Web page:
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Struggling With a Post-Earthquake Birthday Party

Feb. 4

Mercy Corps’ first Comfort for Kids training took place in a less-than-spectacular setting, but that didn’t detract from its success. Approximately 40 nurses, teachers, day care providers and others gathered under a tent atop a crumbling construction site to learn about how they can help children overcome trauma.

Griffen Samples, our head of Comfort for Kids, led the session alongside a Haitian psychologist and professor named Albert Seide. What they heard from participants was tragic but not surprising: children in Haiti are afraid. They're afraid to be alone, afraid of loud noises, afraid of another earthquake. Many adults share these anxieties, plus they fear going hungry.

Many participants were worried about their own children or the children they care for. They had become clingy, some said. They cry a lot, and want to be with their mothers all the time. Several had taken to sleeping with their parents like babies. Participants seemed calmed by the assurance that these behaviors are normal in the aftermath of a disaster.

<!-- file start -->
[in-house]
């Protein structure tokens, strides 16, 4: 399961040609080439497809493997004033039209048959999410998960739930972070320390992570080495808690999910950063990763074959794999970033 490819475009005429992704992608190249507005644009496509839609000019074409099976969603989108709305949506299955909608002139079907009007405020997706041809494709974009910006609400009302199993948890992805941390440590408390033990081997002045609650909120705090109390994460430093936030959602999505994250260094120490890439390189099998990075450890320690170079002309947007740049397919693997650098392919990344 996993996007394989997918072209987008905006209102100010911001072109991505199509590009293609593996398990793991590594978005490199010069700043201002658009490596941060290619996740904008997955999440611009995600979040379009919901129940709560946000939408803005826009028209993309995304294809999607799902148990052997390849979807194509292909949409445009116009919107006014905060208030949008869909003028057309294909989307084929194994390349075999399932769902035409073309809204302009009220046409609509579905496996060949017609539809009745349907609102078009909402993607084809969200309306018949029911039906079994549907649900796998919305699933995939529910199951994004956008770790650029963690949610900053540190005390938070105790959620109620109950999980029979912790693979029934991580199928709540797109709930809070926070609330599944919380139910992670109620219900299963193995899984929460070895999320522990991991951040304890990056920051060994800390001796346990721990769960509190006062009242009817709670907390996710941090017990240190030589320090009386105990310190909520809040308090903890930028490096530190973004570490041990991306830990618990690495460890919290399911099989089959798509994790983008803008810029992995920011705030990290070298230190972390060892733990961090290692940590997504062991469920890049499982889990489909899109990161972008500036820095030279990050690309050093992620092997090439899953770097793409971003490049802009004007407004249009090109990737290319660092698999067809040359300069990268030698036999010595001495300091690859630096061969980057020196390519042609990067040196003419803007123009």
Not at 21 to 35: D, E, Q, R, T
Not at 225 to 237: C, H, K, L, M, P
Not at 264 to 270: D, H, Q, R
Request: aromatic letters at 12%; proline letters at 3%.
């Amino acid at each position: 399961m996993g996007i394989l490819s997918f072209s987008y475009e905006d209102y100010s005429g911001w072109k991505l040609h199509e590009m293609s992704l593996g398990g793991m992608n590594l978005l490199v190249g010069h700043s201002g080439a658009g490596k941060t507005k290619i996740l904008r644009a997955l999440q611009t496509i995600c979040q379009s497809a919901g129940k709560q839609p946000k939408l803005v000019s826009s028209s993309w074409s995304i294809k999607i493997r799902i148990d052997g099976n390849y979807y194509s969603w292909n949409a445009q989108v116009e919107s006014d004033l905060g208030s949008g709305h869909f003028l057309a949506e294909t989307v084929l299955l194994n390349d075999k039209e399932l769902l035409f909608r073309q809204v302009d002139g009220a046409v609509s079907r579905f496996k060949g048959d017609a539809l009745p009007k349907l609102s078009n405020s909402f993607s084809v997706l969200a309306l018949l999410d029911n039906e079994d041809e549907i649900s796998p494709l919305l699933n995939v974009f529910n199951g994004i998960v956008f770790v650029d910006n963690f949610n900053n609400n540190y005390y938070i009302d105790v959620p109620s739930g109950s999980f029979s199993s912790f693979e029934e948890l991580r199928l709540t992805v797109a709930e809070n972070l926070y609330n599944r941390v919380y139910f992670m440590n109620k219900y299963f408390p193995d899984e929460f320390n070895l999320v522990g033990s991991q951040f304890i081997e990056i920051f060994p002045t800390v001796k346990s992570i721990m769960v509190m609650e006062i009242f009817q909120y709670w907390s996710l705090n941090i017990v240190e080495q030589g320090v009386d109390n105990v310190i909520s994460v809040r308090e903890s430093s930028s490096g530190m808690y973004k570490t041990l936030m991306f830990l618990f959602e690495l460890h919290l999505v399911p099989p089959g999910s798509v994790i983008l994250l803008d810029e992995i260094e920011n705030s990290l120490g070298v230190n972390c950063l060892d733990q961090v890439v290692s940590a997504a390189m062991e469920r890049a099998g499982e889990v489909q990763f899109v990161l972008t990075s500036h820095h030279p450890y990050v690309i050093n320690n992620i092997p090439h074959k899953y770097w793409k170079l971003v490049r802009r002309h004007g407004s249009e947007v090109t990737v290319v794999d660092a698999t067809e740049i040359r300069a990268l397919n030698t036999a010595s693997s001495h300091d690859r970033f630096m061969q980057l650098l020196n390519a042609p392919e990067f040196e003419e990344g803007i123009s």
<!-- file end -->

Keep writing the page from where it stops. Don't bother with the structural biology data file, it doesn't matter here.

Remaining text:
Many participants didn’t know how to proceed with life “as normal” after the earthquake. One participant, Natalie Duverson, is a 32-year-old teacher and mom. She explained that her daughter’s birthday is coming up and the little girl wants some kind of celebration, even if it’s just drinking soda pop and sharing birthday wishes.

Natalie wavered: How could they celebrate in the wake of a national tragedy? She seemed relieved to hear that a birthday celebration — something joyful but not over the top — would likely provide much-needed emotional relief for the whole family.

Today was the first of what we anticipate will be many more trainings for the parents, teachers and caregivers of Haiti. We’ll also run community activities — plays, concerts, drum circles, dances — that will help lighten the load of both children and adults. And our Comfort for Kids activities workbook should be in kid’s hands in the coming months.

Together, these efforts are a recipe for the emotional recovery of Haiti’s children. “Before this training, I thought I knew for sure how to deal with my kids after the earthquake, but it wasn’t working and they just became more agitated,” explained Natalie. “Now I’ve learned there are better ways.”

Northern America
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